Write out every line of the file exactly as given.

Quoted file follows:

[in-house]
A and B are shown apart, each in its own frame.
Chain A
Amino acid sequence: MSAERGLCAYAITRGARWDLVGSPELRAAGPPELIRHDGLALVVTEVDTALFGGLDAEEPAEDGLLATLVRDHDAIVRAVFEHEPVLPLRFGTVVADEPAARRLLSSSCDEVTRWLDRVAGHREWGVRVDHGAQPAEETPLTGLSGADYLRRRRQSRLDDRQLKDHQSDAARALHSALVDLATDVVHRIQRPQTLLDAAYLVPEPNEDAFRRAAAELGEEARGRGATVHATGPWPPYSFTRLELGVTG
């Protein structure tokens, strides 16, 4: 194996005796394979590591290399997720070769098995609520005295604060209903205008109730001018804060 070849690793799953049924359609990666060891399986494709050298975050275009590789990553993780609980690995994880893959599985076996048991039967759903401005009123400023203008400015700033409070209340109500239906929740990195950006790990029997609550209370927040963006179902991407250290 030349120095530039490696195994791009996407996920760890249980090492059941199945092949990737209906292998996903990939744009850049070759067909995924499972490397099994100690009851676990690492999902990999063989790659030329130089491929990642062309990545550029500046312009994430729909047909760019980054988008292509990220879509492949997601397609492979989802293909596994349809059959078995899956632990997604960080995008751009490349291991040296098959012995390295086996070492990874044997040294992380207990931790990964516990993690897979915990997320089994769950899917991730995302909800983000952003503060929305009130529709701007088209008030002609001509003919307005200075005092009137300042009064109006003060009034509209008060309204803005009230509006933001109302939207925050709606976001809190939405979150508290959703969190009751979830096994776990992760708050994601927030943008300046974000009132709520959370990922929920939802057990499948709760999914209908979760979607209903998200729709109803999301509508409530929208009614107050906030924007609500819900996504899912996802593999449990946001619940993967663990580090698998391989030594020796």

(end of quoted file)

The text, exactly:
[in-house]
A and B are shown apart, each in its own frame.
Chain A
Amino acid sequence: MSAERGLCAYAITRGARWDLVGSPELRAAGPPELIRHDGLALVVTEVDTALFGGLDAEEPAEDGLLATLVRDHDAIVRAVFEHEPVLPLRFGTVVADEPAARRLLSSSCDEVTRWLDRVAGHREWGVRVDHGAQPAEETPLTGLSGADYLRRRRQSRLDDRQLKDHQSDAARALHSALVDLATDVVHRIQRPQTLLDAAYLVPEPNEDAFRRAAAELGEEARGRGATVHATGPWPPYSFTRLELGVTG
């Protein structure tokens, strides 16, 4: 194996005796394979590591290399997720070769098995609520005295604060209903205008109730001018804060 070849690793799953049924359609990666060891399986494709050298975050275009590789990553993780609980690995994880893959599985076996048991039967759903401005009123400023203008400015700033409070209340109500239906929740990195950006790990029997609550209370927040963006179902991407250290 030349120095530039490696195994791009996407996920760890249980090492059941199945092949990737209906292998996903990939744009850049070759067909995924499972490397099994100690009851676990690492999902990999063989790659030329130089491929990642062309990545550029500046312009994430729909047909760019980054988008292509990220879509492949997601397609492979989802293909596994349809059959078995899956632990997604960080995008751009490349291991040296098959012995390295086996070492990874044997040294992380207990931790990964516990993690897979915990997320089994769950899917991730995302909800983000952003503060929305009130529709701007088209008030002609001509003919307005200075005092009137300042009064109006003060009034509209008060309204803005009230509006933001109302939207925050709606976001809190939405979150508290959703969190009751979830096994776990992760708050994601927030943008300046974000009132709520959370990922929920939802057990499948709760999914209908979760979607209903998200729709109803999301509508409530929208009614107050906030924007609500819900996504899912996802593999449990946001619940993967663990580090698998391989030594020796």